Finally, a useful active pattern is Eof, which recognizes the end of the input string. However, rather than simply checking for an empty remaining input string, you should also check whether the only remaining input is whitespace (recall that whitespace can contain comments also).

let (|Eof|_|) s =
if s |> String.IsNullOrEmpty then
() |> Some
else
match s with
| WhiteSpace (_, rest) when rest |> String.IsNullOrEmpty ->
() |> Some
| _ ->
None

After you load the Ast and the Language module into F# Interactive, you can quickly test your parser:

> let _ =
match "1+cos(2+3)/sin(4*5)" with
| Language.Expression (e, Language.Eof) ->
e |> printf "Match – AST: %A\n"
| _ ->
printf "No match\n";;
>
Match – AST: BinOp
(<fun:Sum@44>,Number 1.0,
BinOp
(<fun:Ratio@47>,
FunApply ("cos",[BinOp (<fun:Sum@44>,Number 2.0,Number 3.0)]),
FunApply ("sin",[BinOp (<fun:Prod@46>,Number 4.0,Number 5.0)])))

F# lets you test your active patterns interactively, which is tremendously useful when developing your parser rules:

> Language.(|Expression|_|) "1+2*3/4";;
val it : (Ast.Expr * string) option =
Some
(BinOp
(<fun:Sum@44>,Number 1.0,
BinOp
(<fun:Prod@46>,Number 2.0,
BinOp (<fun:Ratio@47>,Number 3.0,Number 4.0))), "")

You can now patch up the evaluator you saw in the first part of this article to evaluate this new expression type by adding the evaluation of function calls (here you add only the sine and cosine functions, both of which work on a single argument):

module Evaluator =
open System
let rec Eval = function
| Ast.Number f -> f
| Ast.BinOp (f, e1, e2) -> f (Eval e1) (Eval e2)
| Ast.FunApply (f, [e]) when f.ToLower() = "sin" ->
(Eval e) |> Math.Sin
| Ast.FunApply (f, [e]) when f.ToLower() = "cos" ->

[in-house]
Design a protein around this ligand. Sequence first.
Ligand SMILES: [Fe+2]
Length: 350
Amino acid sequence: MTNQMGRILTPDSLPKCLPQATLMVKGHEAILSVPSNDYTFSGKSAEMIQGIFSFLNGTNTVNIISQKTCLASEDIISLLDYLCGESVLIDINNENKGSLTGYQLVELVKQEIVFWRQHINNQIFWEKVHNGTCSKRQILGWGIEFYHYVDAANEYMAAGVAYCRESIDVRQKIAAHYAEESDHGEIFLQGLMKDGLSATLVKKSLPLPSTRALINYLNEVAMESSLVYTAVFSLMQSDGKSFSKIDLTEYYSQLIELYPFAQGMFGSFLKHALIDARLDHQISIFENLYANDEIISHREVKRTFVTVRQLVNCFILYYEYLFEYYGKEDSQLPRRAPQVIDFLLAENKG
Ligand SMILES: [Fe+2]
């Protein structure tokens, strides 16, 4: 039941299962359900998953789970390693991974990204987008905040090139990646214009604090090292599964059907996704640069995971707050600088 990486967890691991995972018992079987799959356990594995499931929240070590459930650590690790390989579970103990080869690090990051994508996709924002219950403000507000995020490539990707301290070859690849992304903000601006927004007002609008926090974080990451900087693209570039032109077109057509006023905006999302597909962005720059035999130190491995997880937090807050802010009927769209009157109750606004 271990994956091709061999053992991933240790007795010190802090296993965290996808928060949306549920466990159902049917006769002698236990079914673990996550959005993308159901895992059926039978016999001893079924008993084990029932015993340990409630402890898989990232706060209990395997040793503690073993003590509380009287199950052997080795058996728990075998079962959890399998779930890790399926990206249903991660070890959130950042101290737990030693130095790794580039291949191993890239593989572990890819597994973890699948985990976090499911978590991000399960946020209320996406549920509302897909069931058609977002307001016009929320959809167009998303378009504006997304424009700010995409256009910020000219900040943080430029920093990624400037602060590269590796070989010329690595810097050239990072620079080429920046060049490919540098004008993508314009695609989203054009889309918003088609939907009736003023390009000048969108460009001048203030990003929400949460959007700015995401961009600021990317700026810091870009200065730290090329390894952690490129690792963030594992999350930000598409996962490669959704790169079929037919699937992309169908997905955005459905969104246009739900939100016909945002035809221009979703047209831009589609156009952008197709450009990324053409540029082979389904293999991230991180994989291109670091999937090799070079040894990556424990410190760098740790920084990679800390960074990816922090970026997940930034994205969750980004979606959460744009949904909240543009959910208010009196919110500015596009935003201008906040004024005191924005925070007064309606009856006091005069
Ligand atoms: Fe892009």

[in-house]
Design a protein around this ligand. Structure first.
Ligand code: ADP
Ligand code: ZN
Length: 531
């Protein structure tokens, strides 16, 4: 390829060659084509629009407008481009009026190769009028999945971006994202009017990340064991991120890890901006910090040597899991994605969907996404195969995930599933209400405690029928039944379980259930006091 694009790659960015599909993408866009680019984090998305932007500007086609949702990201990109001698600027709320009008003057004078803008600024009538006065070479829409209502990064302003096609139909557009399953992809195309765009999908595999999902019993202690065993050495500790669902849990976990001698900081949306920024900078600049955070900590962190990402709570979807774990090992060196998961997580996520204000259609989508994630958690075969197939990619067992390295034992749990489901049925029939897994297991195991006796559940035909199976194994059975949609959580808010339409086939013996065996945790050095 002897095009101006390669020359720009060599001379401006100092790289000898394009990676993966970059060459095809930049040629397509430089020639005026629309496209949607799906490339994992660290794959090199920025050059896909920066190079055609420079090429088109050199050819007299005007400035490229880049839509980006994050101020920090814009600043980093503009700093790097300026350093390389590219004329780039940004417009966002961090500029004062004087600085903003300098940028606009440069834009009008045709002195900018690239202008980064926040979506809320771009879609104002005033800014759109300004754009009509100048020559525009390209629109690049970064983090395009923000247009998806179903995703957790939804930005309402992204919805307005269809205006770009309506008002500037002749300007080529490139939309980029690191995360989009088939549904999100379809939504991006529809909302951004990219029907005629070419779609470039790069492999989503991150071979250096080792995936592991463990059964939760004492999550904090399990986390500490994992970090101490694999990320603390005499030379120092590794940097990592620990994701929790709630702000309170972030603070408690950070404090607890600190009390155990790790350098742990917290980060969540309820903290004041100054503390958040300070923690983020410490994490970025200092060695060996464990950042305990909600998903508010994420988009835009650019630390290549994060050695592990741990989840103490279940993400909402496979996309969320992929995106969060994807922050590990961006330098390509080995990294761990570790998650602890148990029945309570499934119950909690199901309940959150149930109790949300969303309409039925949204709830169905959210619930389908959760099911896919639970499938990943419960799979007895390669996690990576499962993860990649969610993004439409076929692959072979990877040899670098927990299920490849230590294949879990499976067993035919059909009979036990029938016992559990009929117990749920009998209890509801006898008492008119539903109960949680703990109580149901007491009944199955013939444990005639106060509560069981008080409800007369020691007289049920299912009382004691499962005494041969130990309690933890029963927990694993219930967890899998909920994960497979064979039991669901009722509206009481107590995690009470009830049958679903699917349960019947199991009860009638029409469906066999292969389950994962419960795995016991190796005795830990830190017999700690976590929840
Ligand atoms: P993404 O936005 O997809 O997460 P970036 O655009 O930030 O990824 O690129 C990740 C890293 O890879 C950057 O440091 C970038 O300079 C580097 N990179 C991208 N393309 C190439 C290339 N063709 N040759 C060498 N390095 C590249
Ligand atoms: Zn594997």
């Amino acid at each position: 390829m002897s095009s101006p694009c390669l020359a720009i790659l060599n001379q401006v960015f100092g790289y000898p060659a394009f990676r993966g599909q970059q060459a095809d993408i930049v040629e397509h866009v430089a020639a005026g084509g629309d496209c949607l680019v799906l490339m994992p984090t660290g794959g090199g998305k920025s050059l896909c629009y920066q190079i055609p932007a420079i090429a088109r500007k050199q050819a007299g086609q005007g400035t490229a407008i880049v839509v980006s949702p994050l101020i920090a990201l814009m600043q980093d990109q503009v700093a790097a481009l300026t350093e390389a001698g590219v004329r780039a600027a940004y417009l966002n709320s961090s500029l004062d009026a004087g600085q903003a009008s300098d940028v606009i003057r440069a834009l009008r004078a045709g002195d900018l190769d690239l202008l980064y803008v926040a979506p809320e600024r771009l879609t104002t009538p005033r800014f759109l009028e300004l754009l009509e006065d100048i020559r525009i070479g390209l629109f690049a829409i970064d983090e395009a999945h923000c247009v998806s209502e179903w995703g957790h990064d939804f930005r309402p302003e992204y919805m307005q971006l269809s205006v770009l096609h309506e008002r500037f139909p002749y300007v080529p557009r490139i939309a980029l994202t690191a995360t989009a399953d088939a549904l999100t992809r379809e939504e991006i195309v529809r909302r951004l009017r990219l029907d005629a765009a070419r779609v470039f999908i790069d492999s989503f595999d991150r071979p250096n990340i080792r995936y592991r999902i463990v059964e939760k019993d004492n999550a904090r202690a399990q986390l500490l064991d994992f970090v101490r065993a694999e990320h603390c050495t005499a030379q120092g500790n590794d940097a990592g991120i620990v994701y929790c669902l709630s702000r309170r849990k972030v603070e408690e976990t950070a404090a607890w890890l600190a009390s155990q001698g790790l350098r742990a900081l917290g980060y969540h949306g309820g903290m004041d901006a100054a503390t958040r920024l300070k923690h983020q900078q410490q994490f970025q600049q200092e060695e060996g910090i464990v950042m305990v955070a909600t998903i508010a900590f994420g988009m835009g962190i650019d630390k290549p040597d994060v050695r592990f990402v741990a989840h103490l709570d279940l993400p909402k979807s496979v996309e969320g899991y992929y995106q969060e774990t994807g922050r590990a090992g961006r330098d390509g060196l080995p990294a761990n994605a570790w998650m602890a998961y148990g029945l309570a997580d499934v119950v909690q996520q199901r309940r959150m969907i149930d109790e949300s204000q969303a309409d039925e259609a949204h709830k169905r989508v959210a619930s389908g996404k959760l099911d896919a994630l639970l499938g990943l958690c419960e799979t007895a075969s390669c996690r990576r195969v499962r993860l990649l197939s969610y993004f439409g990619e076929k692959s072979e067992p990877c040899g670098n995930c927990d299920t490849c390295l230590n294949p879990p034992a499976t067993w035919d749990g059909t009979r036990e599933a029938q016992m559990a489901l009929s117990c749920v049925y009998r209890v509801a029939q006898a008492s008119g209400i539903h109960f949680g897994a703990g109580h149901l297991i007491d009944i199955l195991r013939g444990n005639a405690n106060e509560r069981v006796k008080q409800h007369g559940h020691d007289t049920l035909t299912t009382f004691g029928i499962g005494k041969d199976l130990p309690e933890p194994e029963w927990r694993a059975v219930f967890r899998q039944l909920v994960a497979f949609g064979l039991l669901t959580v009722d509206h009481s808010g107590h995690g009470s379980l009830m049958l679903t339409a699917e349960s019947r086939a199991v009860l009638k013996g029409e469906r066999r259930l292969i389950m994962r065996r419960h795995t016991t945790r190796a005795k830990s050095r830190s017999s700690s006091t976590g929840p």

(Eval e) |> Math.Cos
| e ->
e |> sprintf "Unknown function or arity: %A" |> failwith

Finally, you can test this evaluator in F# Interactive:

> let _ =
match "1+cos(2+3)/sin(4*5)" with
| Language.Expression (e, Language.Eof) ->
e |> Evaluator.Eval |> printf "Result=%f\n"
| _ ->
printf "No match\n";;
>
Result=1.310711

You've seen how to define active patterns that convert and partition values, via an example that used partial active patterns to implement a parser for arithmetic expressions with function calls. Effectively, you've seen how to translate the boring and error-prone task of implementing grammars with parser generators into a typed discipline that closely matches your parsing rules expressed in BNF syntax. Using these techniques you are better equipped to quickly prototype and implement your own parsers, define your own domain-specific languages, and work with your own concrete syntax for your data.

For further reading, try these links:

Expert F# , by Don Syme, Adam Granicz, and Antonio Cisternino

Adam Granicz is the CEO of IntelliFactory, the primary place for F# development, training and consulting services, and the coauthor of Expert F#, the most comprehensive guide on F# coauthored with Don Syme, the designer of the language. He has done research in functional programming languages and holds a Masters degree from the California Institute of Technology.